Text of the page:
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Is US disengaging from Israeli-Palestinian conflict?

With a weak Palestinian leader and a peace-rejectionist Israeli prime minister, the Obama administration is reluctant to impose itself on the two parties and might prefer a disengagement doctrine.
U.S. Secretary of State John Kerry listens as Israeli Prime Minister Benjamin Netanyahu makes a statement to the press before a meeting at the Prime Minister's Office in Jerusalem January 2, 2014. Kerry arrived in Israel on Thursday in his latest bid to resume peace negotiations and find scarce common ground between pessimistic Israeli and Palestinian officials. REUTERS/Brendan Smialowski/Pool (JERUSALEM - Tags: POLITICS) - RTX1702V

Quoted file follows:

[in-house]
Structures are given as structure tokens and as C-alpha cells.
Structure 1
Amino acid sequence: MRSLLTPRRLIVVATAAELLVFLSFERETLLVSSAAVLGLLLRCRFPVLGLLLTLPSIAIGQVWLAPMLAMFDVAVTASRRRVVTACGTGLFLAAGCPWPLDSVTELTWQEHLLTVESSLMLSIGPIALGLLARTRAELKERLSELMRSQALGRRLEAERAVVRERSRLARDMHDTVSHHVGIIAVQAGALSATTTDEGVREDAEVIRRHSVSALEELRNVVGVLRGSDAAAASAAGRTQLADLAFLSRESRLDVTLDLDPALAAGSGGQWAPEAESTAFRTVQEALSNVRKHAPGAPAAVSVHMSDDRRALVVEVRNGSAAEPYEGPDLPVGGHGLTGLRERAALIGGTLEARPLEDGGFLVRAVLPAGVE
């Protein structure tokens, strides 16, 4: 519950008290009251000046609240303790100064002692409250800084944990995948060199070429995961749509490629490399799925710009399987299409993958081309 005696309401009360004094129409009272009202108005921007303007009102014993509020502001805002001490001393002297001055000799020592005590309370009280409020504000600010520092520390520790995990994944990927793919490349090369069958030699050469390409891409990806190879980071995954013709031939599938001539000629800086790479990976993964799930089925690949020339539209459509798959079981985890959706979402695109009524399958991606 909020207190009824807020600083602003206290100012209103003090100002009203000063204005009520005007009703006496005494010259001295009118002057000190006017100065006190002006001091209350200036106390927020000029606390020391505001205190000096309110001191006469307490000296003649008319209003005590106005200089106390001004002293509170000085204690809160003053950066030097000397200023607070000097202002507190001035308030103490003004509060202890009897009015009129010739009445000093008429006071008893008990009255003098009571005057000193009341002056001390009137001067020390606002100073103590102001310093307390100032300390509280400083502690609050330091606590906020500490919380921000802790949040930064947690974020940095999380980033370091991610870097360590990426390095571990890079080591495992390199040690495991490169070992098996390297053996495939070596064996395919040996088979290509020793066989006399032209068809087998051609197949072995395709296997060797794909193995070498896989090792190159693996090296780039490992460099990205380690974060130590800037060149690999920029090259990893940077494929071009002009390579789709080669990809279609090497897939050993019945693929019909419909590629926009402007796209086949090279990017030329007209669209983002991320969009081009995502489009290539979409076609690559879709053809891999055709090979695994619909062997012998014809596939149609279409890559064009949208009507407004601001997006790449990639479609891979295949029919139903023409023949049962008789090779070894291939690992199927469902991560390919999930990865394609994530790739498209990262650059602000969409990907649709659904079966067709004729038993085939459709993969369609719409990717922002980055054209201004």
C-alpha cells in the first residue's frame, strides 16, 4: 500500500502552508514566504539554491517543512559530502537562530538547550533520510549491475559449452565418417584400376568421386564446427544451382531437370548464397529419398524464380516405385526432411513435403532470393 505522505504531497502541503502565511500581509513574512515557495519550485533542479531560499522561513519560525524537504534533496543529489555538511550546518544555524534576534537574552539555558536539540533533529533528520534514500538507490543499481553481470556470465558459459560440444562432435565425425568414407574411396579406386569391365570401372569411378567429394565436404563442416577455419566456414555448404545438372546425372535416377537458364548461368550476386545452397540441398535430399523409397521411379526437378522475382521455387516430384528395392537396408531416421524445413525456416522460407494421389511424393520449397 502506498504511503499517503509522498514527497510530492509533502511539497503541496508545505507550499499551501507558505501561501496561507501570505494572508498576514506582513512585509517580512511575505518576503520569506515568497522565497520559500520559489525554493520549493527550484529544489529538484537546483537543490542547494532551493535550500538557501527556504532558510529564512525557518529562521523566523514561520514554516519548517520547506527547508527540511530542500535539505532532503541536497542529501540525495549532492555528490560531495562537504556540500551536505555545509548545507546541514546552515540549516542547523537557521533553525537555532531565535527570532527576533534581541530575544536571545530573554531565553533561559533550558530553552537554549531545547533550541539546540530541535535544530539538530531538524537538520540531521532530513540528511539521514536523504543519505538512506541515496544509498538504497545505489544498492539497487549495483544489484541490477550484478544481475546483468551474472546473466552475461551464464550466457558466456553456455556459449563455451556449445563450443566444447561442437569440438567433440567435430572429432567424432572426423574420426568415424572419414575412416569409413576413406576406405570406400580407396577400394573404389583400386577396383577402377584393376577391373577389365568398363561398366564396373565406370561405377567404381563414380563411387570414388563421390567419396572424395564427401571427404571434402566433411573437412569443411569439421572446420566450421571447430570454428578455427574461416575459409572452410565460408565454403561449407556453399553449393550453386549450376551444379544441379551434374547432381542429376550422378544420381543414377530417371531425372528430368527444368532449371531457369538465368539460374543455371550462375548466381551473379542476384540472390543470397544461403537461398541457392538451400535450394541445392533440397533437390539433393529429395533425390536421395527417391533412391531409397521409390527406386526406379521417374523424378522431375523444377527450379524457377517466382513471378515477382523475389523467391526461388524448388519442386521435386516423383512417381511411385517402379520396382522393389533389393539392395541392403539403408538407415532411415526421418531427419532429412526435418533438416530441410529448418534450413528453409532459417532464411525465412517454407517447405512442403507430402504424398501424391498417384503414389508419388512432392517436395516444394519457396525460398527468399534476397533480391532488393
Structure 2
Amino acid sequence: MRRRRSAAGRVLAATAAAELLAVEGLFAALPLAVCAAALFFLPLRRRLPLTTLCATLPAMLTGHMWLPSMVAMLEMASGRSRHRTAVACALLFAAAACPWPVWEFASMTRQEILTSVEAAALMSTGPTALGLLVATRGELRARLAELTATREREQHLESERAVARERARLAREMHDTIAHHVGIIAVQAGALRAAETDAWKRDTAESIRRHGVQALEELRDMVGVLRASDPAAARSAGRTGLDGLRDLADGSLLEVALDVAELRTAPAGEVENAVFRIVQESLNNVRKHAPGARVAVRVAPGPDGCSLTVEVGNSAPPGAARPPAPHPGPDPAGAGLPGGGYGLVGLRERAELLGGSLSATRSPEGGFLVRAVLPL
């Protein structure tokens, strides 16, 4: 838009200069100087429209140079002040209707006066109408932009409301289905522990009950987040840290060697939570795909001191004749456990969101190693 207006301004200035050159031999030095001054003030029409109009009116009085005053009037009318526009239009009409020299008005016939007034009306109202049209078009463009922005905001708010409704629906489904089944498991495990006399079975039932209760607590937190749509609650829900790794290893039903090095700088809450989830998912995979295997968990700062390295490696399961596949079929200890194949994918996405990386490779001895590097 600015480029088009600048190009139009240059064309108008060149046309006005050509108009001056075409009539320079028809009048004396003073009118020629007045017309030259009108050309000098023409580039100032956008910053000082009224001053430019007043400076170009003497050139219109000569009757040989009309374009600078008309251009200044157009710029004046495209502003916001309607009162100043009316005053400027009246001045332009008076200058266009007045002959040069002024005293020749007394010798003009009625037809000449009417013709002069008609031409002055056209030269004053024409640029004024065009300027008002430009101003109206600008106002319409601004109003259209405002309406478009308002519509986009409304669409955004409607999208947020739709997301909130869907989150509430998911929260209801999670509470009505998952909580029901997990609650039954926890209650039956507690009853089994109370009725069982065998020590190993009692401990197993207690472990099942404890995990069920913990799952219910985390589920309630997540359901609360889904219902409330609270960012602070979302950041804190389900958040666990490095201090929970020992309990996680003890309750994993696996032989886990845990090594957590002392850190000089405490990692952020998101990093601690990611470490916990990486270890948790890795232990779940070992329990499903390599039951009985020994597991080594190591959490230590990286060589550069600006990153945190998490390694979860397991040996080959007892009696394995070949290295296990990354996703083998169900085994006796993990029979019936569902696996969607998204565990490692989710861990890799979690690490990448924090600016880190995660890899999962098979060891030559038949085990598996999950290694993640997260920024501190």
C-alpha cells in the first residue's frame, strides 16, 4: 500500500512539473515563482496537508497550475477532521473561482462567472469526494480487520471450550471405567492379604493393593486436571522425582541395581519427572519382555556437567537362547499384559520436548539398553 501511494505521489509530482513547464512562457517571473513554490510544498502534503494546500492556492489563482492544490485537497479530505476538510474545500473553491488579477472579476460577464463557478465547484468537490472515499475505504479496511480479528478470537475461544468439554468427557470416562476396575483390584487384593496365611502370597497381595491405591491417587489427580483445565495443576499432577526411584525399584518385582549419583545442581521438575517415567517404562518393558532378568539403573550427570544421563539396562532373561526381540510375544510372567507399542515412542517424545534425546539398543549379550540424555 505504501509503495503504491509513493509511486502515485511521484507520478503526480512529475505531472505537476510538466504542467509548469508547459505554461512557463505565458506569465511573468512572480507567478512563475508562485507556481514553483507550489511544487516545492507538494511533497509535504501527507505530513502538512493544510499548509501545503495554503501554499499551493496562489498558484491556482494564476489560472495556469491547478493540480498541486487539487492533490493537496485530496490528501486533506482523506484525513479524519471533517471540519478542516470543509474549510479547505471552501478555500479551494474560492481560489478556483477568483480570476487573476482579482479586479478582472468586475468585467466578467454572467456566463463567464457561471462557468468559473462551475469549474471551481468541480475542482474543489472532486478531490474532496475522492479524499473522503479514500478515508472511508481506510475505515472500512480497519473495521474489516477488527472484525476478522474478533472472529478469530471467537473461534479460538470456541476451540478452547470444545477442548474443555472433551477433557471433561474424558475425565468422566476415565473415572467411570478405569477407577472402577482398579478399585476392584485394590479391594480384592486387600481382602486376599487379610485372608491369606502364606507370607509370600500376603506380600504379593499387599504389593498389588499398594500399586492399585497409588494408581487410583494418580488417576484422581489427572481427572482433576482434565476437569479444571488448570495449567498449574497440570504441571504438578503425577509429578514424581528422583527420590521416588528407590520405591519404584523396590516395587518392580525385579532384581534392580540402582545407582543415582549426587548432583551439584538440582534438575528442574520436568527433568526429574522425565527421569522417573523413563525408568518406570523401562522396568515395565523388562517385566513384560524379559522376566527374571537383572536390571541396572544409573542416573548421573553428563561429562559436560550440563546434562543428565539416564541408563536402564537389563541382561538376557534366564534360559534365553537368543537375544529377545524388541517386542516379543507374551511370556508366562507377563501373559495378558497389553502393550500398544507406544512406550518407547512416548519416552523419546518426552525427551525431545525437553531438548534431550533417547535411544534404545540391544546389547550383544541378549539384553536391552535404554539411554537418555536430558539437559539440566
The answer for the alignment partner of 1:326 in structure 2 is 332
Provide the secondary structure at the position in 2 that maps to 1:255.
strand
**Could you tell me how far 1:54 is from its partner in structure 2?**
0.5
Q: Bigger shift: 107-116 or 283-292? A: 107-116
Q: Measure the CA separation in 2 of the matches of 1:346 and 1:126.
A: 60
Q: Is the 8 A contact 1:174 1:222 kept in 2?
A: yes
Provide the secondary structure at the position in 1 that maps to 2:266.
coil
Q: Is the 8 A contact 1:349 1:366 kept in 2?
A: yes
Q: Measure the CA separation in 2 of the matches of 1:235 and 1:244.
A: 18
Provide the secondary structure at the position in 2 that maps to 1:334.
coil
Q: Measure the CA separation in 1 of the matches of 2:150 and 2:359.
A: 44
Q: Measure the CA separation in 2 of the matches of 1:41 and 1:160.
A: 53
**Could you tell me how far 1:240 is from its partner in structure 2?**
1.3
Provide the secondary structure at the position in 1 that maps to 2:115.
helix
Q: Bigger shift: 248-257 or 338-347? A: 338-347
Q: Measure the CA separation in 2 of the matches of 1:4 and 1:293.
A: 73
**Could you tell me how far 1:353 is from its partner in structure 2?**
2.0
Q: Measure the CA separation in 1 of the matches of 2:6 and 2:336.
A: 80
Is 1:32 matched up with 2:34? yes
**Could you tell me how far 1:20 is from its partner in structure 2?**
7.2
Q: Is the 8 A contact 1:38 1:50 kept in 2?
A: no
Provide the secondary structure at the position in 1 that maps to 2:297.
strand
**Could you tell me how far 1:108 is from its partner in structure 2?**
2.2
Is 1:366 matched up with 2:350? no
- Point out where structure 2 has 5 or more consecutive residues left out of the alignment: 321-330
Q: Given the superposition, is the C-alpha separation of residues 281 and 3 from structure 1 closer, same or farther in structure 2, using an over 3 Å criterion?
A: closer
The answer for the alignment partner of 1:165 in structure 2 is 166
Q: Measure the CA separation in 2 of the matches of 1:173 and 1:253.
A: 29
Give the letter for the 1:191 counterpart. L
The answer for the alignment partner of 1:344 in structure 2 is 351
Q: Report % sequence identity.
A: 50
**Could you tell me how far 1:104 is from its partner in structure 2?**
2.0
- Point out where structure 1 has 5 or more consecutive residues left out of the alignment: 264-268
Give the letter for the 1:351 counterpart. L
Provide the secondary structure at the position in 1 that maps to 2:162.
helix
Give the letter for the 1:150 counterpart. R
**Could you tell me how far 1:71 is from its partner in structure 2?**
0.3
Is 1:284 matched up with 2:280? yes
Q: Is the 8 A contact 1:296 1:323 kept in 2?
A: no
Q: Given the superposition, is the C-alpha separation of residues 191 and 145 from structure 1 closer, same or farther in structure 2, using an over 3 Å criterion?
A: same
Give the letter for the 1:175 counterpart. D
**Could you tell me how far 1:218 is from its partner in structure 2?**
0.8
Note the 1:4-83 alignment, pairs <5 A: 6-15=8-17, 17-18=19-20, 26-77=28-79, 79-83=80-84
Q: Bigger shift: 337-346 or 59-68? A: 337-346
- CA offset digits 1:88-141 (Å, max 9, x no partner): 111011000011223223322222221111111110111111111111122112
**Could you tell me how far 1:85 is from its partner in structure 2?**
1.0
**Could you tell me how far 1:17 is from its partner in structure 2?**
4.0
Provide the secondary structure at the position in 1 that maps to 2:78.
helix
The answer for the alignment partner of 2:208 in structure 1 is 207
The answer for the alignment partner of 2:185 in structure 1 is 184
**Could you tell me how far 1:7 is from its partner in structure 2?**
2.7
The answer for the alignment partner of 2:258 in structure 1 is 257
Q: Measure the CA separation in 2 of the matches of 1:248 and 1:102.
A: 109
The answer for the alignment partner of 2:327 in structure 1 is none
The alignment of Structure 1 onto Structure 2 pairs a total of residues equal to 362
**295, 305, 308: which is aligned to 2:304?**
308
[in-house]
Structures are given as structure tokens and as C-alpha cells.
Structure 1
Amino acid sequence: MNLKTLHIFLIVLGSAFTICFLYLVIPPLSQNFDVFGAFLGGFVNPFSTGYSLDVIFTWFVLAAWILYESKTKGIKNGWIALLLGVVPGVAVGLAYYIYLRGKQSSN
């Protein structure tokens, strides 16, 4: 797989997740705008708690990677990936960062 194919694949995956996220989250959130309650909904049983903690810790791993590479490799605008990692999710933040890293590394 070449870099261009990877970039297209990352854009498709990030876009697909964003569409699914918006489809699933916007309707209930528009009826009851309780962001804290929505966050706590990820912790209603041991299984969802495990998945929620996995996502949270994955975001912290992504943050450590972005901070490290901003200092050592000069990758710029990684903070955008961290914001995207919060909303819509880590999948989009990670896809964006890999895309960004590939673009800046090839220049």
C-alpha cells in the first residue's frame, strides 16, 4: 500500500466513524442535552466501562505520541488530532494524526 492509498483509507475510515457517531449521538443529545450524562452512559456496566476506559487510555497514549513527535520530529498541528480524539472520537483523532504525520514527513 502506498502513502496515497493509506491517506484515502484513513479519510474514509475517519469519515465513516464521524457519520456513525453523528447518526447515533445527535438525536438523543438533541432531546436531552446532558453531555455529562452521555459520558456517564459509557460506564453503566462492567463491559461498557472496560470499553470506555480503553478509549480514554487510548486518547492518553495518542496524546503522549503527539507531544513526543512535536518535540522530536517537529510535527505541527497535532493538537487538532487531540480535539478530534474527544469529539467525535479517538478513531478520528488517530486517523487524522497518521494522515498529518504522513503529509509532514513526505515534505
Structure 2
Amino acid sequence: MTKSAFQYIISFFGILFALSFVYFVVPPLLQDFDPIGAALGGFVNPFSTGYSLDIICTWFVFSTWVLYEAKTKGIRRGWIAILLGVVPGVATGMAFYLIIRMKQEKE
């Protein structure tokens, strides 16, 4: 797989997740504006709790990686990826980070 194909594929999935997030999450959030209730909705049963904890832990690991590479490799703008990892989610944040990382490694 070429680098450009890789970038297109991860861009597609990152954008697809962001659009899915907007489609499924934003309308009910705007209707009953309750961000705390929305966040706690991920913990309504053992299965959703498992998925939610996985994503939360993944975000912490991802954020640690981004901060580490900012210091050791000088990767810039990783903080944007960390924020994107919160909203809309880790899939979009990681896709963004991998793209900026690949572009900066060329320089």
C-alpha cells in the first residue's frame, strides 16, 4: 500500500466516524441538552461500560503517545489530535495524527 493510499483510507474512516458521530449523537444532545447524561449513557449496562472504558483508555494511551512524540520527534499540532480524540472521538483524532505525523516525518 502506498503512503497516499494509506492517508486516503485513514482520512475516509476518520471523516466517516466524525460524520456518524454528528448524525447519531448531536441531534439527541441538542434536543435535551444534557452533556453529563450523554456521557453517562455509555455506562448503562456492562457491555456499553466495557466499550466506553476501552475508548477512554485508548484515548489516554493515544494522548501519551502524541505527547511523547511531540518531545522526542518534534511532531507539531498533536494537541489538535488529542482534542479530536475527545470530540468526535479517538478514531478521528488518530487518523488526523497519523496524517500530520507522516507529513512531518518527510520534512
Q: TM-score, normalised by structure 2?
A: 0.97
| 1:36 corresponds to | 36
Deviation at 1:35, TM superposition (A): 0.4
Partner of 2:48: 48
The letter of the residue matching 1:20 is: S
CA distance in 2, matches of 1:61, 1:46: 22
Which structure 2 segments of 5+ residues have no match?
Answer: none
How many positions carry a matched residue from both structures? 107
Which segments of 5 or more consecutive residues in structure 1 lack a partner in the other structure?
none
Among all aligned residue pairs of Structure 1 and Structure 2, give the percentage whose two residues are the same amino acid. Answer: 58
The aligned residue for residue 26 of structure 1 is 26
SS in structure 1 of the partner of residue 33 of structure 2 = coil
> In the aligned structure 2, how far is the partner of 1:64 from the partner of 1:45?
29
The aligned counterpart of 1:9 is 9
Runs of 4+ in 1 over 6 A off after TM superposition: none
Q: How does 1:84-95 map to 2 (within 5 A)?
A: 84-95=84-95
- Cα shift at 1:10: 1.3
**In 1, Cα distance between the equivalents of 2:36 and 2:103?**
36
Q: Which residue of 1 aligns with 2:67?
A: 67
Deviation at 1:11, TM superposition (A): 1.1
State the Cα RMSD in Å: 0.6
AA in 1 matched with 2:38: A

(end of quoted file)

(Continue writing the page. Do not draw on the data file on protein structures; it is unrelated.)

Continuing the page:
The May 14 Camp David Summit between President Barack Obama and leaders of the Gulf counties was only a partial success. Saudi Arabia's King Salman bin Abdul-Aziz Al Saud stayed away, as the US president was not ready to negotiate a defense pact that would protect the Gulf against Iranian ambitions. Obama did, however, assure his interlocutors from the Gulf that the United States' prime goal was preventing Iran from developing nuclear weapons and that his administration will continue to strengthen Gulf security and interests.

A senior source in the State Department told Al-Monitor that this attitude of not bending over backward to the oil-rich countries accurately reflects Obama's foreign policy approach.

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